PR pros react to Virgin Trains' reinstatement of Mail: 'Mature and wise' - but who really made the decision?

Sir Richard Branson has reversed Virgin Trains' decision to stop stocking the Daily Mail on its services - a decision he said that he was not involved with or aware of until last week's media reports.

Branson claims he wasn't aware of Virgin Trains' decision until last week's reports (©
Branson claims he wasn't aware of Virgin Trains' decision until last week's reports (©

After PRWeek revealed on Tuesday last week that the train operator had stopped carrying the paper in November, the company was widely criticised for "censorship".

PR professionals agreed that the brand had made a serious misstep in alienating both customers and the press corps.

A statement from Branson has now been posted on the website of Virgin Management, the organisation overseeing all Virgin investments. Virgin owns 51 per cent of Virgin Trains and the remainder is owned by Stagecoach Group.

It says that Branson and Stagecoach boss Sir Brian Souter were not aware of the decision until they read last week's reports, and was "not part of some grand campaign or at my behest".

It goes on to say that the company respected its employees' decisions but had listened to concerns that the decision constituted censorship. The Mail will now be stocked, it says, and a review of the company's sale policy will be conducted.

The full statement is copied at the end of this story.

PR pros' reactions

The PR professionals who commented on the case in PRWeek last week have reacted to the train operator's u-turn.

Simon Gentry, a partner at Newgate Communications, said simply: "Companies should not be in the business of censoring what people read or think. Well done Virgin, a mature and wise decision."

Burson-Marsteller director Andrew Clark said the affairs had been a "rare mis-step by Virgin’s usually slick PR operation".

Of the new statement, he said: "The words 'Brian and I' leap out here – I wonder whether banning the Daily Mail was a step too far for Sir Brian Souter, whose Stagecoach Group truly calls the shots on Virgin Trains."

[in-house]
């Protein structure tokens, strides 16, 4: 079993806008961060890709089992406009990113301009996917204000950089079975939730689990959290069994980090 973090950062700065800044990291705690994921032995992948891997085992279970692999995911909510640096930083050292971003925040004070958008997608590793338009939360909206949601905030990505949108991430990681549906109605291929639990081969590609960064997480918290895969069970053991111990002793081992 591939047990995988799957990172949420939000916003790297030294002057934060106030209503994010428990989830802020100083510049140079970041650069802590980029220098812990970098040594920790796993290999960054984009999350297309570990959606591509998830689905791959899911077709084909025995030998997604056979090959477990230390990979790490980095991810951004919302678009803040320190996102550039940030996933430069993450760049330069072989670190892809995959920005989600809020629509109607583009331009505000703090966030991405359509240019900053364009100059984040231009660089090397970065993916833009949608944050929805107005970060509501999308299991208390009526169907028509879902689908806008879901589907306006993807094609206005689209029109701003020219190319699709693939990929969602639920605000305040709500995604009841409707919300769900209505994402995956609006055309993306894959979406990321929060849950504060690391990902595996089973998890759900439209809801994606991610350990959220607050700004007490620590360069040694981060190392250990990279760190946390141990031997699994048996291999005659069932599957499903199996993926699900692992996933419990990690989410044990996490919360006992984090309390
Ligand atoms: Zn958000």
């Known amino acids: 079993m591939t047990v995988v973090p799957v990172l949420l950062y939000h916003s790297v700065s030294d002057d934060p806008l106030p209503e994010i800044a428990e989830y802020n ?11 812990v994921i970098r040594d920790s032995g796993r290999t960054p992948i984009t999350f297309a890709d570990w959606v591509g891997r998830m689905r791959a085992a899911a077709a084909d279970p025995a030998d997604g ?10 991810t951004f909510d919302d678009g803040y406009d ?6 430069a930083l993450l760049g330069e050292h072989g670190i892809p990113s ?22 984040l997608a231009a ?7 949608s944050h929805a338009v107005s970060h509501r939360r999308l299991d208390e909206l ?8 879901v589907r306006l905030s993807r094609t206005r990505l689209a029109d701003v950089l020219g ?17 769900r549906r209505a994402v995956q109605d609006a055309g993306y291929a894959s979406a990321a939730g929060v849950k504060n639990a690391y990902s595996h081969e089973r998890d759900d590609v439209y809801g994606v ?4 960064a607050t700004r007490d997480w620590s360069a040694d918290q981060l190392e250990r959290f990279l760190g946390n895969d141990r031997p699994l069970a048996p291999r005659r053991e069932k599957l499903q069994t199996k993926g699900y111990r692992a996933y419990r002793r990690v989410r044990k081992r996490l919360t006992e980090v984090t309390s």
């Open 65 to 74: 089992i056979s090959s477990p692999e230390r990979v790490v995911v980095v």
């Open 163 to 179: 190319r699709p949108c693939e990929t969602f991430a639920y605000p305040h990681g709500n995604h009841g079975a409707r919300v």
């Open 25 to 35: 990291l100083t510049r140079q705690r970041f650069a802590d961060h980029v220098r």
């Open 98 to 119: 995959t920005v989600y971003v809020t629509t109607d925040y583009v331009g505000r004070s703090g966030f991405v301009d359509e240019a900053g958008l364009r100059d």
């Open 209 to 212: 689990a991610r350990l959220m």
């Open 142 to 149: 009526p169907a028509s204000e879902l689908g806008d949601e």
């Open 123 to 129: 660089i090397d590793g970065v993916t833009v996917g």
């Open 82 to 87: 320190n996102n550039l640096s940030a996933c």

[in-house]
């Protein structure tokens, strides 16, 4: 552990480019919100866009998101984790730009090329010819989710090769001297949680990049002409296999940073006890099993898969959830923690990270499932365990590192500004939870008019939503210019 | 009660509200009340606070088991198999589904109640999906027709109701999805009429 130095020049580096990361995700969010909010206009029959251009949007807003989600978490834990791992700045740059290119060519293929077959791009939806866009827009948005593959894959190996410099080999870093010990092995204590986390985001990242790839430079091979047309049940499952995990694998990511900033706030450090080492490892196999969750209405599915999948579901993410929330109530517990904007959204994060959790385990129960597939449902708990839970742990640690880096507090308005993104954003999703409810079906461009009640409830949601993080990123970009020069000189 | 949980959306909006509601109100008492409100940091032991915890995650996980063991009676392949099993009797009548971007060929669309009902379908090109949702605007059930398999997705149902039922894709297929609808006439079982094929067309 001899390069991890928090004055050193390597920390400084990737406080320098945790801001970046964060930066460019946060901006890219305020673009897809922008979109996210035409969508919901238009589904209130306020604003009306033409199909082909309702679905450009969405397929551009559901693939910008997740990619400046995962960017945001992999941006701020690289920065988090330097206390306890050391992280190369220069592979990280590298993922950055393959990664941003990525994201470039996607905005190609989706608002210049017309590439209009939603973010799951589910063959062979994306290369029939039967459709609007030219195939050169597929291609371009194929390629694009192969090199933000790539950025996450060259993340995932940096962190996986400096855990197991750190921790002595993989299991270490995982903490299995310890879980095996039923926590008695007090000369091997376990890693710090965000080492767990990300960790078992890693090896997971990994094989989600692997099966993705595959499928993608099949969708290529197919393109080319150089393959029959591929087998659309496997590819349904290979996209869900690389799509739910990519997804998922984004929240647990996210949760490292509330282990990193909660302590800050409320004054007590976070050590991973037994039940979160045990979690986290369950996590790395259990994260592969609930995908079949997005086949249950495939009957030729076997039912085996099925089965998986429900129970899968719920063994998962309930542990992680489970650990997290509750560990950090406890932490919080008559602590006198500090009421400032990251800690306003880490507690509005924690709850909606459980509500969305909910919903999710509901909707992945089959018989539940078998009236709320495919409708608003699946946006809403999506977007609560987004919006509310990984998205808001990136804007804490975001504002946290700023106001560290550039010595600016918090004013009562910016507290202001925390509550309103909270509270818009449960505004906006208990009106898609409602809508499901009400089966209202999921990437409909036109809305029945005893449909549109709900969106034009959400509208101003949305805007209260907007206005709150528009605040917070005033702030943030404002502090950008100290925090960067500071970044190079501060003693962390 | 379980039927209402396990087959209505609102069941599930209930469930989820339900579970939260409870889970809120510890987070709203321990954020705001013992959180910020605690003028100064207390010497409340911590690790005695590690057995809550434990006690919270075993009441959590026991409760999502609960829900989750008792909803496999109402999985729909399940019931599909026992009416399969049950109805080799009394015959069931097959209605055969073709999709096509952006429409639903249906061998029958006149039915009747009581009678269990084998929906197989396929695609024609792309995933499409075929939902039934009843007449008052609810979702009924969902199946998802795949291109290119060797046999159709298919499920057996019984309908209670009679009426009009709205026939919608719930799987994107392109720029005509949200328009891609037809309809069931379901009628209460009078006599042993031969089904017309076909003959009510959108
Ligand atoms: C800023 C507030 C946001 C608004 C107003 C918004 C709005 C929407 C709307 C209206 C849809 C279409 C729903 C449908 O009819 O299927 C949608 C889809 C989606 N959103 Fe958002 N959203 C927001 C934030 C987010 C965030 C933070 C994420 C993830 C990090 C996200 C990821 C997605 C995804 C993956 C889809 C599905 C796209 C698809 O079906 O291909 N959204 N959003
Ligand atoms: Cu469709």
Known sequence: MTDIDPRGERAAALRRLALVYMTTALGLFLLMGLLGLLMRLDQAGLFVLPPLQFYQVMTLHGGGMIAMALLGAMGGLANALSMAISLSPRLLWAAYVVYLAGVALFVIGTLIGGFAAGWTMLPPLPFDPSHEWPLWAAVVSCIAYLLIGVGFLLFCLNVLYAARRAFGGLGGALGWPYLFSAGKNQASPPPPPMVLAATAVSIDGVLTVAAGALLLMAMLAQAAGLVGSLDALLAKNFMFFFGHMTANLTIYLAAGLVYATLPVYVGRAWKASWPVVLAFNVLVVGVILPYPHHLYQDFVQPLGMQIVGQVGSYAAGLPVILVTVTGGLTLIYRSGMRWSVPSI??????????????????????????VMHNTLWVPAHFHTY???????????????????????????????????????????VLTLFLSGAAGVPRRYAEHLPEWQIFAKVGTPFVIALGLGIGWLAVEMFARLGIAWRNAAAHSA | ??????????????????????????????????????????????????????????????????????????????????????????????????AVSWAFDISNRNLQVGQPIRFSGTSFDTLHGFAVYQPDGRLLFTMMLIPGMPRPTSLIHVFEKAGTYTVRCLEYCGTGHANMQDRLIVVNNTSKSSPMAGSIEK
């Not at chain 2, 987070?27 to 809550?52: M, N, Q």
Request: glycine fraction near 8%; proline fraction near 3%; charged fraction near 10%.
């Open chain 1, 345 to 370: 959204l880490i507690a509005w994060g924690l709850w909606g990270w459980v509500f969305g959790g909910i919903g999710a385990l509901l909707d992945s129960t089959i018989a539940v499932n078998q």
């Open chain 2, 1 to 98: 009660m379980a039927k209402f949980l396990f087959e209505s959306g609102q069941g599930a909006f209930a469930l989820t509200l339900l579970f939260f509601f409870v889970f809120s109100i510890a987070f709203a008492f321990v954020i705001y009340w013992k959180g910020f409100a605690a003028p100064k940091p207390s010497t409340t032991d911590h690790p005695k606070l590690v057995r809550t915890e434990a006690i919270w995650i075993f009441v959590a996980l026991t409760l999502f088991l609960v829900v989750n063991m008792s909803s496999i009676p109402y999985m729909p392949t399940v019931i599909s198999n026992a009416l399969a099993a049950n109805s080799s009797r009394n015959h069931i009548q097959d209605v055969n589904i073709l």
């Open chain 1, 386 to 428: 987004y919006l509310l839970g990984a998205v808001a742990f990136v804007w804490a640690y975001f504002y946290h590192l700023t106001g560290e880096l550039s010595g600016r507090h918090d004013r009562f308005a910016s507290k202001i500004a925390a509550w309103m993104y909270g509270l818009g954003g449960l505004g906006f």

James Frayne, founding partner of the agency Public First, said: "The public will be much less irritated about suggestions of Virgin Trains’ censorship than the firm’s apparent moral judgement on their political beliefs. It therefore makes sense to draw attention to censorship rather than politics in explaining their climbdown.

"In moving so fast and so publicly, they’ve probably avoided serious damage to their reputation. I wouldn’t fancy working in Virgin Trains’ press office the next time they cancel a load of train services though."

Cohn & Wolfe's EMEA head of policy and issues Will Spratt said the reversal was a "positive" decision, but went on to say that Virgin Trains was not off the hook just yet.

Spratt said the company's sales review would attract attention, commenting: "A lot of people and businesses will take a keen interest in the review, its findings and how they are communicated. This will ratchet up the pressure on Virgin Trains. It could also set a precedent for how other business and brands choose to tread this path in the future."

Finally, a spokesman for the Mail, which had reacted to the ban with firm criticism, said: "We welcome Sir Richard Branson and Brian Souter’s support for freedom of speech, which is a cornerstone of our democracy, and his decision to instruct Virgin Trains to restock the Mail. We are sure the many Mail readers who travel on Virgin Trains will be delighted."

Branson's statement

"When Virgin Trains took the decision back in November to remove the Daily Mail from sale, it was not part of some grand campaign or at my behest – indeed Brian Souter and I were not aware of the decision until we read the media reports this week.

"The decision was made in response to feedback from some of our Virgin Trains employees. Brian and I respect our people when they make decisions and we listen to their views. It is the way we have always run our companies.

"But we must also listen to the concerns voiced widely this week – by those who agree with The Mail’s editorial stance and those who vehemently disagree with it – that this move has been seen as censorship.

"Freedom of speech, freedom of choice and tolerance for differing views are the core principles of any free and open society. While Virgin Trains has always said that their passengers are free to read whatever newspaper they choose on board West Coast trains, it is clear that on this occasion the decision to no longer sell The Mail has not been seen to live up to these principles.

"Brian and I agree that we must not ever be seen to be censoring what our customers read and influencing their freedom of choice. Nor must we be seen to be moralising on behalf of others. Instead we should stand up for the values we hold dear and defend them publicly, as I have done with The Mail on many issues over the years.

"So Brian and I have instructed our team at Virgin Trains to reconsider this decision and re-stock the Daily Mail while they undertake a full review of their sales policy, making clear that this policy should not single out individual media titles."

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